Friday, January 31, 2014

how to save FGFS part I: the equipment

if you havent noticed, i've been very critical of FGFS as of late. no, i'm not turning my back against the thing that made me, just giving a couple of constructive criticisms of what's going on. i wrote this out in a notebook somewhere and quickly realized that i have a whole fucking lot to say. so let's get to it, shall we?

jball and friends showing that you dont need a full on FGFS beast to rip.

i'd like to start this off with some points on the equipment we utilize in FGFS. i really don't want to be stepping on anyone's toes and pointing fingers or whatever, but the 26" wheel bullying has got to stop. at it's very core, the 26" wheel is kind of discouraging riders from even attempting FGFS. yeah yeah yeah, you can make all the comments you want- you can tell me that 26" allows for a wider array of tricks and blah blah blah. i don't want to hear it.

here's what happens: let's say a kid wants to get into FGFS from his crappy cookie cutter starter bike. this kid has to purchase AN ENTIRELY NEW BIKE just to dive into contemporary FGFS. that's fucking discouraging. that brings me to another kind issue: costs.

the perpetrators known as rinng hubs. my inspiration for writing my thoughts out. 

once upon a time, i was hyped about the rinng hubs. they were fucking beautiful and it seemed like some of the pros liked to run them. then they came out. with a heavy fucking price tag. yeah, i'm all for meticulous machining and quality shit, but no one who rides FGFS unprofessionally wants to bang up $500 hubs let alone can afford a hub that's a bill or two away from a complete pfix or se primetime.

vintage slumworm tho

let's take a step back and look at where we started. the reason why most of us got into FGFS was because it was so easy to convert an SE lager or windsor hour or whatever startup bike you had into an FGFS machine. just throw some risers, a decent fork, run a lighter ratio, maybe some beefy tires and voila! you've converted a "track" bike to an FGFS bike. nowadays you have to get a 26" specific frameset, new hubs to complement the micro drive you're gonna run, a pivotal seatpost (because the frameset you got only takes 25.4), slick 26" tires- it goes on and on.

here's the shockwave that i shyly praised a while back

"so what the fuck do you suggest doing smartass? you've been talking all this shit, saying nothing positive, man." dude, calm down. here's what needs to happen: FGFS needs to get inexpensive, and therefore accessible to the modern fixed gear rider. a couple of days ago i posted something about state bicycle's "shockwave" setup. i think it's a step in the right direction (could be executed better, but who am i to complain, i'm just some punk ass kid). it's relatively inexpensive and lies a great foundation for an FGFS bike. yes, you can get on my case about bottom bracket drop, and gussets and wheelsize, but bikes like these will act as (i know this is a terrible fucking analogy) a gateway drug into the sport.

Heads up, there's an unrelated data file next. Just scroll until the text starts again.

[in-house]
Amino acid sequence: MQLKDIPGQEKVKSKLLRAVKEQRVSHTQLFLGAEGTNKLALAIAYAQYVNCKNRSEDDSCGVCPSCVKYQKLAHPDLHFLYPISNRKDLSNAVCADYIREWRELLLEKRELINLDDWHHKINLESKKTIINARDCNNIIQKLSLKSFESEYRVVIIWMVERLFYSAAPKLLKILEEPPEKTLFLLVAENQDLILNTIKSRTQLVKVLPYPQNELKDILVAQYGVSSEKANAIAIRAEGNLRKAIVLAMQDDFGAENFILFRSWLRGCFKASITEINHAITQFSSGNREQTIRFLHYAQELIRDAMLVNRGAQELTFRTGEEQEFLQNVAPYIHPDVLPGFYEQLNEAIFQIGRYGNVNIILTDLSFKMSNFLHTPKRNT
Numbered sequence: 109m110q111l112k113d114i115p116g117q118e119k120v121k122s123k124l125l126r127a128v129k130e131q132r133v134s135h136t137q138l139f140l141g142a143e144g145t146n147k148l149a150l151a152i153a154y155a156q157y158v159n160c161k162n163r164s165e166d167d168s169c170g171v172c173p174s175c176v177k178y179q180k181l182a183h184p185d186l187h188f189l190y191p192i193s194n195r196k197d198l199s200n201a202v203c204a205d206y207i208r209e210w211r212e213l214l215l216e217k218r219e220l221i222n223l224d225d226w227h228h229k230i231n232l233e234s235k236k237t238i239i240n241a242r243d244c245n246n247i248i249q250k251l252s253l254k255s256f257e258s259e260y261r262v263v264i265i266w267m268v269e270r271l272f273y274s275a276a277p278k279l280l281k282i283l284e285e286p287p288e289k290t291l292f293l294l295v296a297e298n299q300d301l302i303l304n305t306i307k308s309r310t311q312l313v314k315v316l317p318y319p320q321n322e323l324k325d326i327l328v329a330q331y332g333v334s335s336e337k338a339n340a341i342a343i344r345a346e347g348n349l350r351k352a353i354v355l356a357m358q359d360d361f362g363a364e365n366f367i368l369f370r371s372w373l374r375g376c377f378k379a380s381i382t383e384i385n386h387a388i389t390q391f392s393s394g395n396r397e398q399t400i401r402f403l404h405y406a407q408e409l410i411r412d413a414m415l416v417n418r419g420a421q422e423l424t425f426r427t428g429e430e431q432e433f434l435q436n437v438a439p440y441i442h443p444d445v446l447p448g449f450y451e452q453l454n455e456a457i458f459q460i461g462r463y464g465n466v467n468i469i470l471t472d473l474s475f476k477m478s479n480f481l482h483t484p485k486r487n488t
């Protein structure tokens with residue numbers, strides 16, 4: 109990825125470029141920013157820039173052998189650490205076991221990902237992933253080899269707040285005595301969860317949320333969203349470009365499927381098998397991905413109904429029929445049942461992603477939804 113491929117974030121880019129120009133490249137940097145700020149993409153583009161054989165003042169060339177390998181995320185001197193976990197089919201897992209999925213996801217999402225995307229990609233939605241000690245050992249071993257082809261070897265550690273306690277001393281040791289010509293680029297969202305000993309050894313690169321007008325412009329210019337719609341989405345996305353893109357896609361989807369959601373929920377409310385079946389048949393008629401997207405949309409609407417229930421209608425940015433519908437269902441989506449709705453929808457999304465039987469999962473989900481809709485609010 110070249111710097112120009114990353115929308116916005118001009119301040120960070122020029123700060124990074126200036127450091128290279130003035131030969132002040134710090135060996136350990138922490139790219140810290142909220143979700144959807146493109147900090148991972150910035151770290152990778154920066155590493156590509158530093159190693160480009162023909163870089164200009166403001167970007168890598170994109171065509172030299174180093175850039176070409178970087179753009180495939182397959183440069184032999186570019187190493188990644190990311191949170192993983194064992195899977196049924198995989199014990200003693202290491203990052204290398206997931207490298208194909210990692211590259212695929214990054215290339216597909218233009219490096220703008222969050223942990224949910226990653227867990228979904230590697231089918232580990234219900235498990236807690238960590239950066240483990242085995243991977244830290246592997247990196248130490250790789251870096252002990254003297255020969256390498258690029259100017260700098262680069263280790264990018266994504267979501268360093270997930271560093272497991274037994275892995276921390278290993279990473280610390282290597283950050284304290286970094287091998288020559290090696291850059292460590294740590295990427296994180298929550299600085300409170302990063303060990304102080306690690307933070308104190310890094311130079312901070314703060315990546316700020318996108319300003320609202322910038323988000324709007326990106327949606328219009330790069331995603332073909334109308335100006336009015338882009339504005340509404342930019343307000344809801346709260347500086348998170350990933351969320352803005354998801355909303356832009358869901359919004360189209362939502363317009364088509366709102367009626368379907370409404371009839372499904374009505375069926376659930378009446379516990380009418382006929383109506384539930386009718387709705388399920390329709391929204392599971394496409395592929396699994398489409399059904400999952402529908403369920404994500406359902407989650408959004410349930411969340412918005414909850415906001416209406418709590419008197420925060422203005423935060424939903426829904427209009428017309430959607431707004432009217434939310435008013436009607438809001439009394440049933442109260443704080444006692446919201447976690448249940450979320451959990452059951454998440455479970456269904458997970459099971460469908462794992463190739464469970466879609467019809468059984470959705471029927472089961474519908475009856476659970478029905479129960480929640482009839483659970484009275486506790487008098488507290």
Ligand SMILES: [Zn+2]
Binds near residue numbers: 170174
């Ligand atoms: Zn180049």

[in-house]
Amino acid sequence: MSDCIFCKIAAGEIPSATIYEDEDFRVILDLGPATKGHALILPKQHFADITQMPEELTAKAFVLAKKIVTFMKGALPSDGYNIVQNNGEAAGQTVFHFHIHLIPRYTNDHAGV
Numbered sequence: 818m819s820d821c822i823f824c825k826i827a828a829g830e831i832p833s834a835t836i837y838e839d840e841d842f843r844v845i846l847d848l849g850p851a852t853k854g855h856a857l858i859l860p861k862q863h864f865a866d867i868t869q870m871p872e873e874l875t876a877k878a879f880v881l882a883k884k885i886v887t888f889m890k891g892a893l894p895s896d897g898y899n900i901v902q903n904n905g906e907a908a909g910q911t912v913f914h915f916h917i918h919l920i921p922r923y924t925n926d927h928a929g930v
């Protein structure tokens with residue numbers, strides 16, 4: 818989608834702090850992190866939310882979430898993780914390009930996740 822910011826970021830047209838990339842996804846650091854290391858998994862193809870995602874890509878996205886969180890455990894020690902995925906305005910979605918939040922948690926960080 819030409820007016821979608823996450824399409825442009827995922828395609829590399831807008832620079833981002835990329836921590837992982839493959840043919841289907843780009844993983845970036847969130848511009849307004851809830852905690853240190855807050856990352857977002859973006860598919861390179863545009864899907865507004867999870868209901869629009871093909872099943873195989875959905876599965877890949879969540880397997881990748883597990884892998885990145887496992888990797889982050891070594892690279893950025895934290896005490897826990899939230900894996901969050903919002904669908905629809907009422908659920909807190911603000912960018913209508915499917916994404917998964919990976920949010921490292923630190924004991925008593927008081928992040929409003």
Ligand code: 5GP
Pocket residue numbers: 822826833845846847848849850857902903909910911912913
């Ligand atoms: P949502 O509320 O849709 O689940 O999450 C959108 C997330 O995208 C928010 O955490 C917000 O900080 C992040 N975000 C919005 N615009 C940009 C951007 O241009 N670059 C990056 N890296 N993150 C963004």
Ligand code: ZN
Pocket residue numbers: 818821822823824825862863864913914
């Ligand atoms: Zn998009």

yung kenny

another way to make FGFS inexpensive is to take a step back. traditional cog and lockring setups are a shit ton cheaper than these micro hubs. last time i checked, tree and profile are still making large tooth count 19mm splined chainrings too- there you go: a drivetrain that costs a tad less. we also might have to take a page from basic bmx bikes. i'm talking hi ten steel with chromoly down or top tubes (granted, i'm not a framebuilder so i wouldnt know the reprocussions of doing something like this, but using my general knowledge about materials, this would only make your setup a tad heavier), non-sealed bearing hubs, 700c/29er wheels, railed seats with 27.2 seatposts and whatnot. small tweaks can make bikes less expensive. i wanna see a sub $500 FGFS bike that lasts a decent amount of time (and by decent amount of time, i mean according to rider ability).

yung jakob.

yes, i know i've been put on record to have said "life is to short to ride shit bikes." and yes, i see how what i have said could be seen as a call for said "shit bikes." this is not a call for shit bikes. this is a call for a basic bike that will work. this will be difficult because we're not in 2009 anymore. not every company is leaping towards the idea of FGFS anymore. the companies that are left rolling with FGFS are those who have saturated the market with either 1) cookie cutter fixies or 2) extremely hardcore FGFS setups that cost an arm an a leg. maybe if these changes could get rolling, we could see more people active.

orrrr.... whatever. maybe i'm just grumbling to myself. yeah. probably.


1 comment:

Steve Bike said...

Seems like you need a lesson on bike mechanics and using the correct torque on specific components before riding them.